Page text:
Are my eyes going? Or is it my memory? I'm 1000 percent positive that a reference to the cross appears somewhere in one of the many kinos (ie: liturgical dirges recited on 9 Av) dedicated to the atrocities committed in 1096 against the Jewish communities of Worms, Speyer and Mainz. As I recall, the poet makes a reference to the "sign across their chests which filled us with fear." This can only mean the cross. The ragtag horde of crusaders attached it to their hats and clothing in a display of martial holiness, just as later generations of anti-Semites would cover themselves with the swastika. Imagine what the swastika meant to our grandparents and it's easy to understand why the 11th century Jews of the Rheinland would have been "filled with fear" at the sight of the cross.
Yesterday, I read through the Crusader kinos looking for the verse. Again and again I read about the destruction of the shuls and schools of the Rheinland, of the young grooms and brides who committed suicide as the mobs advanced, and the thousands who were put to death after a local bishop withdrew his protection, and expelled a sanctuary-seeking community from his cathedral. But, try as I might, I couldn't spot the line about the cross. Did I miss it? Or did I imagine it?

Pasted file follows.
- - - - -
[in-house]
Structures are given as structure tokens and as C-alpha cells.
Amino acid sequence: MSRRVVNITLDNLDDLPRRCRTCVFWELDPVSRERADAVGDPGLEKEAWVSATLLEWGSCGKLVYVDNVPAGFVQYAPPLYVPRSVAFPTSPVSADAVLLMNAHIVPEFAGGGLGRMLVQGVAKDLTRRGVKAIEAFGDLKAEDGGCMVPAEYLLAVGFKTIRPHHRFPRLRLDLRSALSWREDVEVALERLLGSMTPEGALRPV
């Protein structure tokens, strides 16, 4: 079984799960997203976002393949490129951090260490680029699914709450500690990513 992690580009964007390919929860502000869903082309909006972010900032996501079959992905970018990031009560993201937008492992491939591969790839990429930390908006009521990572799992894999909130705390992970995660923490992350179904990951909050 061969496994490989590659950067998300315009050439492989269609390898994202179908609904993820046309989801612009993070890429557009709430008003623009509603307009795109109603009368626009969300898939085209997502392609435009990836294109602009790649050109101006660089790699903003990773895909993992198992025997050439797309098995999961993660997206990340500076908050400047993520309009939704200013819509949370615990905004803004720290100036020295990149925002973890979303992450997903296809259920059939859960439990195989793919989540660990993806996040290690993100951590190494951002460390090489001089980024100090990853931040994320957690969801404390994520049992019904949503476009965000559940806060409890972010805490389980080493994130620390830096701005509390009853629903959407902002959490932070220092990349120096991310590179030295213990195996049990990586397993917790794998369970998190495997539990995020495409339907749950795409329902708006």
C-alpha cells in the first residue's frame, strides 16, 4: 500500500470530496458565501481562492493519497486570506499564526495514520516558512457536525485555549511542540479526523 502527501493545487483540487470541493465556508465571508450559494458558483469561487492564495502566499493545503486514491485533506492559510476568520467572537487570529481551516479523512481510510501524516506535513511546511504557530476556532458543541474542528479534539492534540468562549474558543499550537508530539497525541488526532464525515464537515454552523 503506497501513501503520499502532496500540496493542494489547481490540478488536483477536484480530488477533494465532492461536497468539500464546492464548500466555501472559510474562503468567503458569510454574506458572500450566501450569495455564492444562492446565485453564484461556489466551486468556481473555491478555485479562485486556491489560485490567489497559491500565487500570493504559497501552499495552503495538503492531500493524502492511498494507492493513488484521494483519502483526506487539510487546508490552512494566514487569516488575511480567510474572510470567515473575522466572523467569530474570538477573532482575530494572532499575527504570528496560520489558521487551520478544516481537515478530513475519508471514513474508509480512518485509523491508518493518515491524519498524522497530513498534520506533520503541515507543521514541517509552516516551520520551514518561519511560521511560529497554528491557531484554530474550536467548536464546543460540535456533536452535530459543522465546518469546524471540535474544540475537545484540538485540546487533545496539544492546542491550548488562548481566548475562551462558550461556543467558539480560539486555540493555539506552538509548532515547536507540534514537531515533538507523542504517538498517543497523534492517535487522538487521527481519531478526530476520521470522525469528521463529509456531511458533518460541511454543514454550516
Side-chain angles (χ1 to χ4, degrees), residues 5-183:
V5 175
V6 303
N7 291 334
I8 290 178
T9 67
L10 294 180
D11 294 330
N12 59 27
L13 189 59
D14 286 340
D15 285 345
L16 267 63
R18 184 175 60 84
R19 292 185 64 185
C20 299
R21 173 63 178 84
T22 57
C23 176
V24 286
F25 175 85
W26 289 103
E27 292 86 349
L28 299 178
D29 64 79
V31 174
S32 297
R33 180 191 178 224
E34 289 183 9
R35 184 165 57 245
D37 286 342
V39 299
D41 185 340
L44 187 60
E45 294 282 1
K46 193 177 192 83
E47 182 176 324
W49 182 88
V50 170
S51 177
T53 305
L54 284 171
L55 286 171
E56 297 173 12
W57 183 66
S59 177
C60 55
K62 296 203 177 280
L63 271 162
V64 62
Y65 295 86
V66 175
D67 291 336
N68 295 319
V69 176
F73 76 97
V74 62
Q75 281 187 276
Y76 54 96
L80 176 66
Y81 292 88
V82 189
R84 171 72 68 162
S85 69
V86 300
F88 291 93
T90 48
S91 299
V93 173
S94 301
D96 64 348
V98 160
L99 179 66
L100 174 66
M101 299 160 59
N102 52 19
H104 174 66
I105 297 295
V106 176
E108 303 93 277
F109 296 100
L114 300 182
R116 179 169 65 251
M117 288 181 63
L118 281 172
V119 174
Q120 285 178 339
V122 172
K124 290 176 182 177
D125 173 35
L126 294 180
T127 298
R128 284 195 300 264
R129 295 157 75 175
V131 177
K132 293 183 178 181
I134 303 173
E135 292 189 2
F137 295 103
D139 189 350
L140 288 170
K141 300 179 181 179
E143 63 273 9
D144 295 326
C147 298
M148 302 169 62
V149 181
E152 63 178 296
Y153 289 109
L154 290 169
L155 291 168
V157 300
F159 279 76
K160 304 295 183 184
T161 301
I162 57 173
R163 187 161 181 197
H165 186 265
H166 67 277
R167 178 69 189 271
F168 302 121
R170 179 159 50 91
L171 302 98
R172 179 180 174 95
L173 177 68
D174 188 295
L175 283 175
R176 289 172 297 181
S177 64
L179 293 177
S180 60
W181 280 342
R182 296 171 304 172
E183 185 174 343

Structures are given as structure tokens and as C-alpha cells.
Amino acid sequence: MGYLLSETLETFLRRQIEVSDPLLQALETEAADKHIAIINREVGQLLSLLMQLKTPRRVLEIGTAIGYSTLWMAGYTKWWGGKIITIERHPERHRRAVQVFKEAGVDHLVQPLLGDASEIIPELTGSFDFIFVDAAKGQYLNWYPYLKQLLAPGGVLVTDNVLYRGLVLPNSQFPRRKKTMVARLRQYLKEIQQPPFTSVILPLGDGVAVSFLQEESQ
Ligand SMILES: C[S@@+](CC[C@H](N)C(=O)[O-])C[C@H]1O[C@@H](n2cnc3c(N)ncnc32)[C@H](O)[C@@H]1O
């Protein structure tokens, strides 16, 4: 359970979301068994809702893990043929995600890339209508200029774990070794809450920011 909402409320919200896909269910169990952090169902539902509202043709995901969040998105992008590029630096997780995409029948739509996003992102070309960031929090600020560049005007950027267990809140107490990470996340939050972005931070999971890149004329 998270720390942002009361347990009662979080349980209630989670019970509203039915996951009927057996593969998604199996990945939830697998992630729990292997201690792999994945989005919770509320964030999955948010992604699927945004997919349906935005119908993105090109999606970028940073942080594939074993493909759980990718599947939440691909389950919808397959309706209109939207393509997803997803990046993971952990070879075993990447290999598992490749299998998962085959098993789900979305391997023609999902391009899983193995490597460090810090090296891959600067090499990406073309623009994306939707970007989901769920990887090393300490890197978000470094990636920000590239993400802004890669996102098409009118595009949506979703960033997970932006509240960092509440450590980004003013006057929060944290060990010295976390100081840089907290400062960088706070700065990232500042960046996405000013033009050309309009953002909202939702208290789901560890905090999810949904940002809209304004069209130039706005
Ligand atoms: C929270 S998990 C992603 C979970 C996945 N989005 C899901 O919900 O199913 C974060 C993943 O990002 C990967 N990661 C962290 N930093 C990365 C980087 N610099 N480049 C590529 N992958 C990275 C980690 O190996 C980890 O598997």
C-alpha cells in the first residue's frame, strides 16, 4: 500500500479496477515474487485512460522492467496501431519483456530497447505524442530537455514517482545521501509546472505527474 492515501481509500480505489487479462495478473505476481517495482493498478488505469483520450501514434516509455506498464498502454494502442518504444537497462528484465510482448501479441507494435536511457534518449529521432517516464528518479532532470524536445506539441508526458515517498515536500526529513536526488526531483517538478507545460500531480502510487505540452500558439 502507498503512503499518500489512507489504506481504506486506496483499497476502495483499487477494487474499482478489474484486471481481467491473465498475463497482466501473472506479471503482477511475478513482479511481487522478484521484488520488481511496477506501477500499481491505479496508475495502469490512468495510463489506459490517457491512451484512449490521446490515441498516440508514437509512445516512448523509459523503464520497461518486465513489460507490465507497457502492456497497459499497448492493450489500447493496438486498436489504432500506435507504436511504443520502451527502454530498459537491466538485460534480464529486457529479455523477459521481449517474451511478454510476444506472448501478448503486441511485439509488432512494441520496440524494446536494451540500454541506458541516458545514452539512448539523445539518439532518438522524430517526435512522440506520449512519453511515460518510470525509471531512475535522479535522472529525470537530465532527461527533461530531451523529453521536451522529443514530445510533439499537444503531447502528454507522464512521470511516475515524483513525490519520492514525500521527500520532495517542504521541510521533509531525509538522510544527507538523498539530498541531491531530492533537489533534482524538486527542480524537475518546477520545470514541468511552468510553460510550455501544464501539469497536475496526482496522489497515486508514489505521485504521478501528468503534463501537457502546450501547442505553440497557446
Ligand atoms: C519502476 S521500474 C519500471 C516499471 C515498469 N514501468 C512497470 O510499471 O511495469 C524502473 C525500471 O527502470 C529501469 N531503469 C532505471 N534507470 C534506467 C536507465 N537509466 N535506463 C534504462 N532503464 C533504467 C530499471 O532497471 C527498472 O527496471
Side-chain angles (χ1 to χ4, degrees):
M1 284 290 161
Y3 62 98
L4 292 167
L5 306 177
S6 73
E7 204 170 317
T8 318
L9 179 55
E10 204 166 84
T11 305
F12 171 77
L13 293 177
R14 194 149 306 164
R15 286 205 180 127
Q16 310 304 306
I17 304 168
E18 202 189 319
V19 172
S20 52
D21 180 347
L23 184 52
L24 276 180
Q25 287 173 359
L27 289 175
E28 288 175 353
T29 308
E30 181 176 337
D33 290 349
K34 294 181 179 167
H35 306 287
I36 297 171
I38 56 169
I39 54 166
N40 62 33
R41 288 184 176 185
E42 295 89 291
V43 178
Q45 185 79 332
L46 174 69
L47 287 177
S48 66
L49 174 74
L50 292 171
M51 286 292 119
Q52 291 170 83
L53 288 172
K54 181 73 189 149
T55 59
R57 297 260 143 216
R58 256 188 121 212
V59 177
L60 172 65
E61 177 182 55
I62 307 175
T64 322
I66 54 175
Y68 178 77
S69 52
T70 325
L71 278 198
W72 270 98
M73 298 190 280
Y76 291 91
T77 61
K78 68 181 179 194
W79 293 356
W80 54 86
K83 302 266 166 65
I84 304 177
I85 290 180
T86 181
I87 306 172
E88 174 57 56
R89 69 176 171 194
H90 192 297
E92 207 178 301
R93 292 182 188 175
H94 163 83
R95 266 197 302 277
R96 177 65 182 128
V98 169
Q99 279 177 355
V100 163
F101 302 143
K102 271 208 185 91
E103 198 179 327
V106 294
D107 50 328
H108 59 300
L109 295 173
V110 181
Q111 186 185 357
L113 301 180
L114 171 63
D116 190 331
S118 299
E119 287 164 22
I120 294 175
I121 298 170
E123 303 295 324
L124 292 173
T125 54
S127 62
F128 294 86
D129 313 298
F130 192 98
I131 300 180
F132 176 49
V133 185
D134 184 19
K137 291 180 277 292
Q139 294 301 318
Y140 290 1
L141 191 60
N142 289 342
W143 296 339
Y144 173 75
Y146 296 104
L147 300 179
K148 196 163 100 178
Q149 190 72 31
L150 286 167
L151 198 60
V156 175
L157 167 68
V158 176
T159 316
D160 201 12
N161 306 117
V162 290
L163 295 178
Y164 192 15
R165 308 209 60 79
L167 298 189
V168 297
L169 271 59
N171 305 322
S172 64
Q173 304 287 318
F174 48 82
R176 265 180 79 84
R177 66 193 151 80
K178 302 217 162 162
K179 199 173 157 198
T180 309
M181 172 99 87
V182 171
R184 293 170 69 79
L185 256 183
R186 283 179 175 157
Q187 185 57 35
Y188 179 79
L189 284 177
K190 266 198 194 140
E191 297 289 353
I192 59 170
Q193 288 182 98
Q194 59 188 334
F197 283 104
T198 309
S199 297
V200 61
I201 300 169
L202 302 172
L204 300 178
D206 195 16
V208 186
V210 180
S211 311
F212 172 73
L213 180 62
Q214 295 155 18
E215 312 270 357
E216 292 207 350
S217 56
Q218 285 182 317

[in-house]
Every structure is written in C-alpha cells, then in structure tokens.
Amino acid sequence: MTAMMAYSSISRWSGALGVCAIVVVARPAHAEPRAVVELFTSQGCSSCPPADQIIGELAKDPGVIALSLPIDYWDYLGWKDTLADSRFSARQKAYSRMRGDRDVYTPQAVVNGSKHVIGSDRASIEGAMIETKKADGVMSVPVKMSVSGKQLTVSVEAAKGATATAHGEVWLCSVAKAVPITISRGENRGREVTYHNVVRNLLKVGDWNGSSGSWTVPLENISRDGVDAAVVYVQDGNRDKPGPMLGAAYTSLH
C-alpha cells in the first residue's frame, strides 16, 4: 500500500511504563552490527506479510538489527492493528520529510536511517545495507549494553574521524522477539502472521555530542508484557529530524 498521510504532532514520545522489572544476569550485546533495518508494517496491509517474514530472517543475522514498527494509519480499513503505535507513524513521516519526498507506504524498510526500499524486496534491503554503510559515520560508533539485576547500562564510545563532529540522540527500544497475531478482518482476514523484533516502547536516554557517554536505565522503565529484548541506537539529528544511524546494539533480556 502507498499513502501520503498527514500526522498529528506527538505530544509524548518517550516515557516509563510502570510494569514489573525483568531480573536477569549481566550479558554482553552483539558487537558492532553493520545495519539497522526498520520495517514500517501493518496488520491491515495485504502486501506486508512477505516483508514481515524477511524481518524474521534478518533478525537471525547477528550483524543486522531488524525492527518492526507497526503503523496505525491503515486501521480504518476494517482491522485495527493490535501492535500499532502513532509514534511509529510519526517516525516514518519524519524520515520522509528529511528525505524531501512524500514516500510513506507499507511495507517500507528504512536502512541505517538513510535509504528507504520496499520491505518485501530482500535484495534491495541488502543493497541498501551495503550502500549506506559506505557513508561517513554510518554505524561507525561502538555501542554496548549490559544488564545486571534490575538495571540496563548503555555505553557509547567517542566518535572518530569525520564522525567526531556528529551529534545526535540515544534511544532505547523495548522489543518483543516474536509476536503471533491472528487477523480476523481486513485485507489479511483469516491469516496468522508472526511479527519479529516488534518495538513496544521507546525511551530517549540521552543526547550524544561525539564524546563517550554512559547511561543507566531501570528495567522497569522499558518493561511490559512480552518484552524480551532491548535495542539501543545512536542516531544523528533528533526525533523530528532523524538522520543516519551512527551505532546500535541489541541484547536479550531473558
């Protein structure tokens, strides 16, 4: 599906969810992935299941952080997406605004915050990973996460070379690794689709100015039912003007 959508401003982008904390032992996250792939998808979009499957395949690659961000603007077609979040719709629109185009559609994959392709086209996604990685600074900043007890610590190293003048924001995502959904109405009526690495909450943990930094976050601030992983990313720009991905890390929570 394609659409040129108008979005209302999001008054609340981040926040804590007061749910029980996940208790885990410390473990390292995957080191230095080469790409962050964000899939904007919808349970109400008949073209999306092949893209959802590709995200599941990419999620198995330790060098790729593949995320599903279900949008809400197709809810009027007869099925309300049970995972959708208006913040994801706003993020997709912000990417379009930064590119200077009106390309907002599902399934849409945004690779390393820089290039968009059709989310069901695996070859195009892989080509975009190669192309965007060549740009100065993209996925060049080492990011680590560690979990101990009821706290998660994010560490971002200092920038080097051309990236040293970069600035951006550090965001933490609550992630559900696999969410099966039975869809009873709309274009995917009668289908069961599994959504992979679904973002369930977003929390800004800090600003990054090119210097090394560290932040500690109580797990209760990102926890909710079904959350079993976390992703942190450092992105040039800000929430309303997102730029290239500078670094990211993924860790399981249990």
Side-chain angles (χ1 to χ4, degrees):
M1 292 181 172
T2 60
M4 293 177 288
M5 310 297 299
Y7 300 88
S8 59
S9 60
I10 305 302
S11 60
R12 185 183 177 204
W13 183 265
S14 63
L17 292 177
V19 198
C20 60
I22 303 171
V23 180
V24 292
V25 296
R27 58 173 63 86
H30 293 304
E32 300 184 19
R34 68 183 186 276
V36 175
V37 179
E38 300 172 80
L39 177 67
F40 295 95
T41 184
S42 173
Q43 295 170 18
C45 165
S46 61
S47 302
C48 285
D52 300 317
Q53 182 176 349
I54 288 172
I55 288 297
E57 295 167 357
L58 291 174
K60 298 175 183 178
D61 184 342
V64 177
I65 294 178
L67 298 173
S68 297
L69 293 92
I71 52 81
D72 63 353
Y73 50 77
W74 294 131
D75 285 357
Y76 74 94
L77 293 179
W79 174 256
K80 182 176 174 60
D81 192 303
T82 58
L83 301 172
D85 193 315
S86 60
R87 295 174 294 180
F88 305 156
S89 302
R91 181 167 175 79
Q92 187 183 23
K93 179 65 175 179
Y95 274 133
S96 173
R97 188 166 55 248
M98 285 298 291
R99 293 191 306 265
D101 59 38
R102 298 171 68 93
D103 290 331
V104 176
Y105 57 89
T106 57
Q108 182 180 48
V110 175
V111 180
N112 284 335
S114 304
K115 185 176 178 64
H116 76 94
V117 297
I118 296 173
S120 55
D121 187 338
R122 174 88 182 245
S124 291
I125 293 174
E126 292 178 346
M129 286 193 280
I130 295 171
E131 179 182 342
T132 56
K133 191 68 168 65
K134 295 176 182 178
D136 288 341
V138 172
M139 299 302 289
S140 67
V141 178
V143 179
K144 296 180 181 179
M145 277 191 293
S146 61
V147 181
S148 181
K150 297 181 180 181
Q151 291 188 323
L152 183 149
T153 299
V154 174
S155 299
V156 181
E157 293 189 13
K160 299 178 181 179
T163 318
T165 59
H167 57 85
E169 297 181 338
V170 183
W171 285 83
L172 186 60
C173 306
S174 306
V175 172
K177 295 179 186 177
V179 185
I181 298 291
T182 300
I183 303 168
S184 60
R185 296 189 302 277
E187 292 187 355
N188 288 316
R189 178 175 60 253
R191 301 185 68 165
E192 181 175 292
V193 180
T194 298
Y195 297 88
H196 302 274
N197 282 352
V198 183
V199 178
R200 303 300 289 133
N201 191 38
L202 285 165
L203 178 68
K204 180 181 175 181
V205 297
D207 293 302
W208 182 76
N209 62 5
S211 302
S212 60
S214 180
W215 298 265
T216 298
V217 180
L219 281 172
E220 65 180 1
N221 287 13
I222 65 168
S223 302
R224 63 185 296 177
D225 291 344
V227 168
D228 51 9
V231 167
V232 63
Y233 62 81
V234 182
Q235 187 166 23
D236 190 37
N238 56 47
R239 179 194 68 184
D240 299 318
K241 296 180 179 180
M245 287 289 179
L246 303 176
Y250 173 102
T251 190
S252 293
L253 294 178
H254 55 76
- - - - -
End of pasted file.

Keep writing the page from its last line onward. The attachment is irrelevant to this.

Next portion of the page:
Additional note: Pace the hysterical speaker who addressed my congregation yesterday afternoon, the Crusades did not start on 9 Av. Urban II preached the first crusade at the Council of Clermont , which gathered in November 1095. The bulk of the massacres were in spring, during sefira, with perhaps the most famous attack occuring on the third day of Sivan. [More]